Now Schweich is hitting back, noting Blunt's early attack. "I am flattered that Roy Blunt is so concerned about me that he has launched a vintage Washington-style smear campaign against me before I have even decided whether to run," Schweich said in a statement. "It underscores the need for our party to go in a new direction in this Senate race, demonstrates how vulnerable Blunt is feeling in light of the recent polls showing him being handily defeated by Robin Carnahan, and makes me more likely to run."

Rep. Michele Bachmann appeared last week on the right-wing talk radio show of Jan Markell, where she spoke out forcefully against the Obama Administration for not wanting to go after foreign terrorists -- and for targeting conservatives through the Department of Homeland Security's report on right-wing extremists:

"It isn't that they don't want to use the word 'terrorism,' it's who they're using this word against," said Bachmann. "And as you had stated correctly, in this report -- which I have read, it's about a nine-page report I believe, if I recall correctly -- the right-wing extremists report, they include people who believe in End-Time prophecies, pro-life. It is appalling the people that they named."

She later warned: "People need to realize that truly, our freedoms are more at risk than they have been at any other time in recent history."

Al Franken appeared over the weekend at a the Minneapolis DFL Party's city convention, where he showed that he's coping with his unusual predicament in a manner that shouldn't be too surprising -- telling some pretty funny jokes:

"A lot of people here have been asking me, 'What do I call you?' And the answer to that is: 'Al,'" he said, with the audience applauding and yelling back his name. "There's only one person in the state who will have to call me 'Senator,' and that, of course, is [his wife] Franni."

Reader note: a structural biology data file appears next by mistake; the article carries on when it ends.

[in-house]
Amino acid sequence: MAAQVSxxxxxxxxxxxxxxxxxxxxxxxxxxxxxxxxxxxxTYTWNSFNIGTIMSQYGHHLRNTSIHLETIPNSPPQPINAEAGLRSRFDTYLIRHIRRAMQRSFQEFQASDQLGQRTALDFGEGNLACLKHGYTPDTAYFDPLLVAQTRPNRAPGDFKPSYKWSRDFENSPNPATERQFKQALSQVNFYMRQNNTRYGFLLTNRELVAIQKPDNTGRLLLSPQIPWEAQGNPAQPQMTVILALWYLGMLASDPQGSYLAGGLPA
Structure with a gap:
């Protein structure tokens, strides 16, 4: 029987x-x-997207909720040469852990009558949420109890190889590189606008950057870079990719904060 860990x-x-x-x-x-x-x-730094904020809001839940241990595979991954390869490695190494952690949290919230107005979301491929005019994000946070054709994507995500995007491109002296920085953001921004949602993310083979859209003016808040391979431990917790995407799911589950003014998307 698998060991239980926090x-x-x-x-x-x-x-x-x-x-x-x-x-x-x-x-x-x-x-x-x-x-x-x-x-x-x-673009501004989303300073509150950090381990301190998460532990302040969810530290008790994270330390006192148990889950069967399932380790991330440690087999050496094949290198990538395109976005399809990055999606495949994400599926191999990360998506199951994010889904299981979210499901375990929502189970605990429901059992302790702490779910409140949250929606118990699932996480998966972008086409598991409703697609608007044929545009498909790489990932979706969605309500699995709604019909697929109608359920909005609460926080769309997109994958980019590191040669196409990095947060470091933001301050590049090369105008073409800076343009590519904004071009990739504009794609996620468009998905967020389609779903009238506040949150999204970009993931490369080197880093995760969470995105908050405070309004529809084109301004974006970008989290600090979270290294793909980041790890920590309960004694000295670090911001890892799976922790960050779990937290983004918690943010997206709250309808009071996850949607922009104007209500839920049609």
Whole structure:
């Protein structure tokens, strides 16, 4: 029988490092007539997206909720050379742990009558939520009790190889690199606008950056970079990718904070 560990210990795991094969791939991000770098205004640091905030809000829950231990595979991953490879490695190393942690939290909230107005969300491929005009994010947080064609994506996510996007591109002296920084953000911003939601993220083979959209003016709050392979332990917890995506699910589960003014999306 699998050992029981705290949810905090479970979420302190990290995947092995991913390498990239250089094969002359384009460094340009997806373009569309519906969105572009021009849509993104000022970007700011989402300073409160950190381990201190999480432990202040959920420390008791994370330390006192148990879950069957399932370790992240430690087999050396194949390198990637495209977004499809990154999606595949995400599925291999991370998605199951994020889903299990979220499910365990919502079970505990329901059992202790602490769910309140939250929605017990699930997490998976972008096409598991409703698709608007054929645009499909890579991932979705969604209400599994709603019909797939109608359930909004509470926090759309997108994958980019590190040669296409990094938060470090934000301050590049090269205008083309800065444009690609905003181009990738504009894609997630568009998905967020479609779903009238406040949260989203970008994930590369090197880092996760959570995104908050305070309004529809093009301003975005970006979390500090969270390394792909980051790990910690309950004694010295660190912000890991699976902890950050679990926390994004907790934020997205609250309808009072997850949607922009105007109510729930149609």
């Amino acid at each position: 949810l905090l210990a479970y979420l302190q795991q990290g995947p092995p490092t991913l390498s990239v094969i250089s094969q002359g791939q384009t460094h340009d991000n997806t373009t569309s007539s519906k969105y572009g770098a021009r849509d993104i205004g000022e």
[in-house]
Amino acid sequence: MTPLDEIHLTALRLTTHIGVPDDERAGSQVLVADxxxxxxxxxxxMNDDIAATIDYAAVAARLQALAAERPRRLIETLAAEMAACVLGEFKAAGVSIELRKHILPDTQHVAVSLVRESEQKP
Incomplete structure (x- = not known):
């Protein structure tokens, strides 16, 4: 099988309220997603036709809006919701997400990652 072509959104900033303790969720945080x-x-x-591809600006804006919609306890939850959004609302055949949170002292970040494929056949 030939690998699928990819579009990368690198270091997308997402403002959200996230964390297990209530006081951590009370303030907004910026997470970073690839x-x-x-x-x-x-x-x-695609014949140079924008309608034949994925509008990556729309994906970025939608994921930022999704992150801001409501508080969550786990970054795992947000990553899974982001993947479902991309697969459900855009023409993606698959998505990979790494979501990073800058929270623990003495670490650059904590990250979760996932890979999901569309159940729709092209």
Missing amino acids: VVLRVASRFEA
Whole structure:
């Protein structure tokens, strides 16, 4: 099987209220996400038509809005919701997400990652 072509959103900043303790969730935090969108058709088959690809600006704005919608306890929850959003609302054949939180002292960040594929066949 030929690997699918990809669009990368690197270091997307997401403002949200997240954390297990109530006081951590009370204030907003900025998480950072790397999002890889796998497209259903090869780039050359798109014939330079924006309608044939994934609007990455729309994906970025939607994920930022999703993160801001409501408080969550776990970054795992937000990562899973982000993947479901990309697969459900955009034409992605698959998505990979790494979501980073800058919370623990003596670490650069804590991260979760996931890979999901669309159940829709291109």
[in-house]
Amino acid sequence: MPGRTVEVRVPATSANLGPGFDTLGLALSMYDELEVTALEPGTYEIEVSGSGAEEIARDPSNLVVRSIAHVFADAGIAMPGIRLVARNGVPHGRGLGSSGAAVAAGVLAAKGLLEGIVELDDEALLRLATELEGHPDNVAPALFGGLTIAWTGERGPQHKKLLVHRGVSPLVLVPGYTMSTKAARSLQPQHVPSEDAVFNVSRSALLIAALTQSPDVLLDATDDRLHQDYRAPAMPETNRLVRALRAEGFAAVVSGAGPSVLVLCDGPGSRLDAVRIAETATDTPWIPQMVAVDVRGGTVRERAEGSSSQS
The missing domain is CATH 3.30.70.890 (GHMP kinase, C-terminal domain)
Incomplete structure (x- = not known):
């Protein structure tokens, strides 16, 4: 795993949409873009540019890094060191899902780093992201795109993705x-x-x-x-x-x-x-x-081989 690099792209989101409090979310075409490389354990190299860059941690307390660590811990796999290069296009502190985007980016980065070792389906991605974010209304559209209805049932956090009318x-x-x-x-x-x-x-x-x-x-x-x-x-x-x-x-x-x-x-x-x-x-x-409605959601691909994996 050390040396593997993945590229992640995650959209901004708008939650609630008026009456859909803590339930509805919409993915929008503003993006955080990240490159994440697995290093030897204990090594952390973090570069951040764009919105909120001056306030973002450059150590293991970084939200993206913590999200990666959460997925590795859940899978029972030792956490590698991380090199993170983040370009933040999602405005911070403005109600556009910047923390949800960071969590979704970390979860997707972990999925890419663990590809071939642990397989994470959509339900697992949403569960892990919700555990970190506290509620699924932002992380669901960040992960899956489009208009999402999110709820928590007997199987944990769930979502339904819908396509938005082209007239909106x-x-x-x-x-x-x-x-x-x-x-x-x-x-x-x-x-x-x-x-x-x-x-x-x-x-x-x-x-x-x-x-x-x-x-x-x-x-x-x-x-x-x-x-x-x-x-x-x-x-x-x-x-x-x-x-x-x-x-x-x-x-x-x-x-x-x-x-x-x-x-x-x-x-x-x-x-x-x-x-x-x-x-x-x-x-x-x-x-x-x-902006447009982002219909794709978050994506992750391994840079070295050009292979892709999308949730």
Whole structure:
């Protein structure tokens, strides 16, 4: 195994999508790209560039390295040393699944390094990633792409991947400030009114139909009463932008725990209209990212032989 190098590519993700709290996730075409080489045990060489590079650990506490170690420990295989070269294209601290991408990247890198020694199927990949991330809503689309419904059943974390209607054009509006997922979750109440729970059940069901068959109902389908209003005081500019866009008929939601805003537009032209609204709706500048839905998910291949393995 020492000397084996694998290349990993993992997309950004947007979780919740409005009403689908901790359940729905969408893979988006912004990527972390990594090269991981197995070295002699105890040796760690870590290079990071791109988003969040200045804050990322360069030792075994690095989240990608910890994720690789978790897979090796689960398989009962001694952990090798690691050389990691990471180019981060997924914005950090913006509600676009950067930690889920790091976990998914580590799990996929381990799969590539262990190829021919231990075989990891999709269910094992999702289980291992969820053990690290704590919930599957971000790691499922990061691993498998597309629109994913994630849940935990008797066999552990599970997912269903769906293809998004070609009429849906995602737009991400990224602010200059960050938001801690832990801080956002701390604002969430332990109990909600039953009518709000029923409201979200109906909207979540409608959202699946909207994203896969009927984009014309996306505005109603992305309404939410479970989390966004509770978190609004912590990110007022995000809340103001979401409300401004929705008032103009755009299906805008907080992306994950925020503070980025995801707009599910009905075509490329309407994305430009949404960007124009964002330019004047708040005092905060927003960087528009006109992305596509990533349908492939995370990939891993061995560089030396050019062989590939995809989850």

"I want to thank you all," he followed up. "You know, when you win an election by 312 votes, there's not a lot of effort that goes to waste. We ran a very efficient campaign."

Rep. Tom Price (R-GA) appeared today on Morning Joe, and said the Republican Party is big enough for both the likes of Rush Limbaugh and Colin Powell -- and upon further questioning by Scarborough, Price disagreed with the idea that Limbaugh or Dick Cheney are better Republicans than Powell:

Scarborough: Congressman, do you disagree with Rush Limbaugh that Colin Powell should leave the Republican Party?

Price: Look, it's not up to Rush Limbaugh to decide who ought to be in the Republican Party.


Scarborough: Congressman, do you believe that Rush Limbaugh or Dick Cheney are better, quote -- I'm just using terms that we hear every day on TV and radio -- that they are somehow better Republicans than Colin Powell?

Price: No. Goodness.

Scarborough: God bless you, Congressman. God bless you.

During his Meet The Press appearance yesterday, RNC Chairman Michael Steele appeared to say he could potentially support a Truth Commission to look into Bush-era torture -- and he made the rather interesting claim that a lot of Republicans have called for this:

MR. GREGORY: Should there be a wider--should there be a truth commission? Should there be an investigation?

MR. STEELE: I think, I think you've heard a lot of Republicans call for that. And if this is, if this is a door that the Democrats and, and their leadership, since they have the House and the Senate and the presidency and they want to expose all of this...

GOV. KAINE: Mm-hmm.

MR. STEELE: ...then let's put it all on the table and let's take a closer look at it.

Was this a genuine statement of policy on Steele's part -- or a gaffe as he stumbled his way through a subject he might not know that much about? For one thing, we can't think of any elected Republican who has called for a Truth Commission.

A new Rasmussen poll finds the public closely divided on Nancy Pelosi's claim that she was misled by the CIA on the use of waterboarding, with public opinion on this debate still pretty much up in the air.

The numbers: A 43% plurality of likely voters say it is very or somewhat likely that Pelosi was misled, compared to 41% who say it is not very likely or not at all likely. The margin of error is ±3%.

The pollster's analysis points out that most people seem to be waiting for more information, with only 20% saying it's very likely she was misled and 22% saying it's not at all likely, and others respondents holding softer positions. But some other numbers suggest Pelosi starts out this fight at a disadvantage: "The CIA is viewed favorably by 63% and unfavorably by 24%. For Pelosi, the comparable numbers are 35% favorable and 55% unfavorable."